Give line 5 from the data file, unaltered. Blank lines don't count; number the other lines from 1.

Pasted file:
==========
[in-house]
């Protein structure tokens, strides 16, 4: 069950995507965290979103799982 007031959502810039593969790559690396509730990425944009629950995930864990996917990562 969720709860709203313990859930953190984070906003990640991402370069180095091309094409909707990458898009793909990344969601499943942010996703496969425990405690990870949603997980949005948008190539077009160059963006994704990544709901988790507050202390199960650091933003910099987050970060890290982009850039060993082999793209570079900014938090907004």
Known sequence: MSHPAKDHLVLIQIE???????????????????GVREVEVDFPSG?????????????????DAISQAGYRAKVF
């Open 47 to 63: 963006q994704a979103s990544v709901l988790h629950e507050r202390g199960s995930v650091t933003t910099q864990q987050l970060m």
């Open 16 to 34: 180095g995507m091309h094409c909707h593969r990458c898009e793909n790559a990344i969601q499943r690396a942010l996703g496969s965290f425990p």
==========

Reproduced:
């Open 16 to 34: 180095g995507m091309h094409c909707h593969r990458c898009e793909n790559a990344i969601q499943r690396a942010l996703g496969s965290f425990p």